I can’t recall if I’ve mentioned this before, but I have a theory as to a big part of why our economy is still sputtering along, instead of motoring nicely. That theory is basically this:
The professional class is mobility impaired.
Not something most people think about, really, but I keep hearing about all these companies with tons of jobs and they can’t find bodies to fill them.
Partly I think it has to do with a lack of qualified people (since we as a society tend to worship entertainment heroes over intellectual ones), but I don’t think, for the most part, that training is the issue. I think it’s the fact that during the housing bubble, people like me bought houses we could afford.
Turns out, not everyone was an idiot & bought a house where the payment was 50% of their take home on the hope that they could flip it in 9 months for an extra $100K. Some of us bought a home. Problem was, when the bubble burst, my home lost 30% of it’s value. Now if I stayed there for 10-15 years, it wouldn’t be a problem. I’d have paid down the mortgage enough that I could sell and move on without a profit, but also without bringing anything to the table.
But an opportunity appeared that I couldn’t pass up, and then my son was born, and the realities of personal & temporal economics demanded that my family relocate to Bellevue, WA (it was going to be Los Angeles, but I dodged that bullet!). Now I’m lucky, as the rental market in Everett is doing very well, & we contracted with a management company & rented out our house. Granted, we can’t demand enough rent to cover the mortgage, but it covers most of it, and we get a nice write off (I reckon this year, I will do well at tax time). We also found a very nice place in Bellevue that is just 2 miles from my office, & five from my wife’s. So all is good.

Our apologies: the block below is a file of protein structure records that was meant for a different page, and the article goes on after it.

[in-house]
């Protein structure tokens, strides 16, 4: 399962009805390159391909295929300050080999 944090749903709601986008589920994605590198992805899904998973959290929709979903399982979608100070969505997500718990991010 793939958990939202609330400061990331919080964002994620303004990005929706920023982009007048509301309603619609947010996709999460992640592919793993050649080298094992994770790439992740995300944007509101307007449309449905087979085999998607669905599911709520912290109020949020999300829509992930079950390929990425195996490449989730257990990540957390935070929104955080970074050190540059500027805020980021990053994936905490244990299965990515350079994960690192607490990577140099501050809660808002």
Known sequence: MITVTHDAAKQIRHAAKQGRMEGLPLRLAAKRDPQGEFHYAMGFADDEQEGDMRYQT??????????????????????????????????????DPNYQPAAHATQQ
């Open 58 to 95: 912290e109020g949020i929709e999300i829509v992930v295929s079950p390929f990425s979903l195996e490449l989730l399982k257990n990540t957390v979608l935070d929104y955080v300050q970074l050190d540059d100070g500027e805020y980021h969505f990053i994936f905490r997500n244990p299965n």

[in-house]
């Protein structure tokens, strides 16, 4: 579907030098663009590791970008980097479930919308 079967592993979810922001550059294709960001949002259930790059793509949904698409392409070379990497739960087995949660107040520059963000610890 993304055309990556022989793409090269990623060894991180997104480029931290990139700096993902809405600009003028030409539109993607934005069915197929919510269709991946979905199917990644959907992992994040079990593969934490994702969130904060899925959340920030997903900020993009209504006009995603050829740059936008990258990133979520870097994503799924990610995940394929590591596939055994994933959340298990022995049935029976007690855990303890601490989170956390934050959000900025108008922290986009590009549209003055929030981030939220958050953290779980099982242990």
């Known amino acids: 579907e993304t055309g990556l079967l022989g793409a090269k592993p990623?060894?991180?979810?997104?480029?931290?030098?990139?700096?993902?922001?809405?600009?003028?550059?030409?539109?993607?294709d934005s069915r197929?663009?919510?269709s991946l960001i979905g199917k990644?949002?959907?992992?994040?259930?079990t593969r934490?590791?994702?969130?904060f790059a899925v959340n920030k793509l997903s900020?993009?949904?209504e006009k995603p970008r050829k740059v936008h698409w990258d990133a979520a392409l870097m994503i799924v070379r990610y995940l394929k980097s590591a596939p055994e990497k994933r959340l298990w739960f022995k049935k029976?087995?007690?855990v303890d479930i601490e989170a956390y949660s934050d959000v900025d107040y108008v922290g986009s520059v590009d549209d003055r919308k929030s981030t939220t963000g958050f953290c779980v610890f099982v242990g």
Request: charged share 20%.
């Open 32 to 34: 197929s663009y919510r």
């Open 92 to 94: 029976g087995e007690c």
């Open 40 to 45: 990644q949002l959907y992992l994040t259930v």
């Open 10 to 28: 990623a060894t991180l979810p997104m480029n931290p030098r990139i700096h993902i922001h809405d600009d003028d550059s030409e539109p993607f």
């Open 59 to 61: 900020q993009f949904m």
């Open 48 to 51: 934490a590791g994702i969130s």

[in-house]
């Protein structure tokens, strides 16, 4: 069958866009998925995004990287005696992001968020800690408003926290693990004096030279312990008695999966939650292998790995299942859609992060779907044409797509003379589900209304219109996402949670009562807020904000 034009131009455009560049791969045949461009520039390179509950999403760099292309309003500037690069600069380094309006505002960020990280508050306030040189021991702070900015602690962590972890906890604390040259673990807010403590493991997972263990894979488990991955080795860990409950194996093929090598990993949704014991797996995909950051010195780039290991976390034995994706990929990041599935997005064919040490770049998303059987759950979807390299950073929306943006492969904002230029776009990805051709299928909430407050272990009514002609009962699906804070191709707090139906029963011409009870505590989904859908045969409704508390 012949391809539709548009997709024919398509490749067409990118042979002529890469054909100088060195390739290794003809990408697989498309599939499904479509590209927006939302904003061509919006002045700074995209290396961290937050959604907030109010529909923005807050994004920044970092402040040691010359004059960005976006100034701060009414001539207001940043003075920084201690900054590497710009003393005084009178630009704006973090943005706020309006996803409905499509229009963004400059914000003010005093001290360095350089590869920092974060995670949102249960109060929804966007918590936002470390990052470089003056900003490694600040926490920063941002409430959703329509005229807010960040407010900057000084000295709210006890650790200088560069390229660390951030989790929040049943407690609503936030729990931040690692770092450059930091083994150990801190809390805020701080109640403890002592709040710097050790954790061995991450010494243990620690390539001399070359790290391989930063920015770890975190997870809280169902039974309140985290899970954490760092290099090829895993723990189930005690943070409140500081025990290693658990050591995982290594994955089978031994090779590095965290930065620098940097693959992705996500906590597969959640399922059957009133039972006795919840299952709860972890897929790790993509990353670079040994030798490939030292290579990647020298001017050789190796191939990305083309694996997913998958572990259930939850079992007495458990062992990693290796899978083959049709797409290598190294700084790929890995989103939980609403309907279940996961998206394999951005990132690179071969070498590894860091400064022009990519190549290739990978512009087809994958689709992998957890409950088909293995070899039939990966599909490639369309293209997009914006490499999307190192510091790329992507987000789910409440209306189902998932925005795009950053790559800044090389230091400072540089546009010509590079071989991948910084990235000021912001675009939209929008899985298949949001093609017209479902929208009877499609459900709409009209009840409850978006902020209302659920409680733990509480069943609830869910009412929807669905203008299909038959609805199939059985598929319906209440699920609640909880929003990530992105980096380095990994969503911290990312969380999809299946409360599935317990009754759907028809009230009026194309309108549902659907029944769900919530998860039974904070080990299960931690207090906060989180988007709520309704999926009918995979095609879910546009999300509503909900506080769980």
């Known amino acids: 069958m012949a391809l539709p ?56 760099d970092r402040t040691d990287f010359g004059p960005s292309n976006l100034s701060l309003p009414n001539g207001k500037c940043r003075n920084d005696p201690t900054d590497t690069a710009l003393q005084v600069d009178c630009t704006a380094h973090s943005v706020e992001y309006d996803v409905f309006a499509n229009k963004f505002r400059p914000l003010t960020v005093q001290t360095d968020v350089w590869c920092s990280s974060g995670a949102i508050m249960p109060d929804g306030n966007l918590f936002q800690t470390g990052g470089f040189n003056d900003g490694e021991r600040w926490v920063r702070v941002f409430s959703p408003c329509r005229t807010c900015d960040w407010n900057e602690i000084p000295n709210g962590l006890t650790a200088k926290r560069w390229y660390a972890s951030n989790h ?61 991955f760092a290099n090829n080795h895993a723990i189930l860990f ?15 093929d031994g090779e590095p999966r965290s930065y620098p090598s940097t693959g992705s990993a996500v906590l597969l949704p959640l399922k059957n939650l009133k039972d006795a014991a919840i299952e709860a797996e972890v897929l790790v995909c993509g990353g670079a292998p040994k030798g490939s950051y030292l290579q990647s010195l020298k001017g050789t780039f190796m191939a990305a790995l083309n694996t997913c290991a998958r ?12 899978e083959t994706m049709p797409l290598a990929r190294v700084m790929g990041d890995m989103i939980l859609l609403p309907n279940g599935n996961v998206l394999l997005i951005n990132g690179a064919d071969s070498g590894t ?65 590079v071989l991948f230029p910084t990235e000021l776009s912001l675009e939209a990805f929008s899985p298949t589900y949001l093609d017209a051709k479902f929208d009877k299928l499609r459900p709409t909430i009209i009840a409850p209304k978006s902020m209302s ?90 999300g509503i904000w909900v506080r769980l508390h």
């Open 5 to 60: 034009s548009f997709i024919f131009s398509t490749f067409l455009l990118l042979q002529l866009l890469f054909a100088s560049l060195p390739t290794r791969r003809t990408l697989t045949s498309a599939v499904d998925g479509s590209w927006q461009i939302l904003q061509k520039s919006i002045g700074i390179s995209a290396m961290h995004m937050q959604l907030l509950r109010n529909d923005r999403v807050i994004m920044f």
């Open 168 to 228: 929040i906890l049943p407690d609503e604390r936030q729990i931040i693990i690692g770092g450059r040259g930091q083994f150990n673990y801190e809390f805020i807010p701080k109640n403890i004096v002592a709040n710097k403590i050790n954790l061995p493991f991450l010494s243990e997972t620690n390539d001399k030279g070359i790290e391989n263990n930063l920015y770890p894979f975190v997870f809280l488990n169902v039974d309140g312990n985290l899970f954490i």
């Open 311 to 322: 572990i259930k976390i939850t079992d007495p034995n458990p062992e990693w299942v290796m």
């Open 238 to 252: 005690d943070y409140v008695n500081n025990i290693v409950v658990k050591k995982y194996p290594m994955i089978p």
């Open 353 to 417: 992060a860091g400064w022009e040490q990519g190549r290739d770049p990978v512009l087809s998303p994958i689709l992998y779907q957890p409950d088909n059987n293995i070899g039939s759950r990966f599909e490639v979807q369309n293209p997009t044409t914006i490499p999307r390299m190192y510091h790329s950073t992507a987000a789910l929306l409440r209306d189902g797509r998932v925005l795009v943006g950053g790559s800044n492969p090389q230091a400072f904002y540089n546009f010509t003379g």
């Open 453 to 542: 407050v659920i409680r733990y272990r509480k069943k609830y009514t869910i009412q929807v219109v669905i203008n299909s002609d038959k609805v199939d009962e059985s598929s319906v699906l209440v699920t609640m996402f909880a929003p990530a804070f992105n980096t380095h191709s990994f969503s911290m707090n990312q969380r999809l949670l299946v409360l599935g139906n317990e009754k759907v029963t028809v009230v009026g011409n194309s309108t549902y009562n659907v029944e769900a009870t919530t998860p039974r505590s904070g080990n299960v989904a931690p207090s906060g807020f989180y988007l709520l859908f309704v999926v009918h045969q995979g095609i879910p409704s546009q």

Still, a lot of professionals like me are stuck in cities where the housing market tanked hard, jobs vaporized, and they are unable to relocate. They can make the payment on the house they own, but they can’t unload it, and they can’t rent it out. They can’t chase opportunities, and companies can’t attract talent (except for kids fresh out of college). And if they walk away from the mortgage, they trash their credit & risk losing the new job, & many new opportunities (since companies use credit checks nowadays).
I think everyone made a critical error when they focused on helping people stay in their homes that they could not afford, and did nothing for the people who wanted to unload and keep the economy moving by keeping the human capital in motion.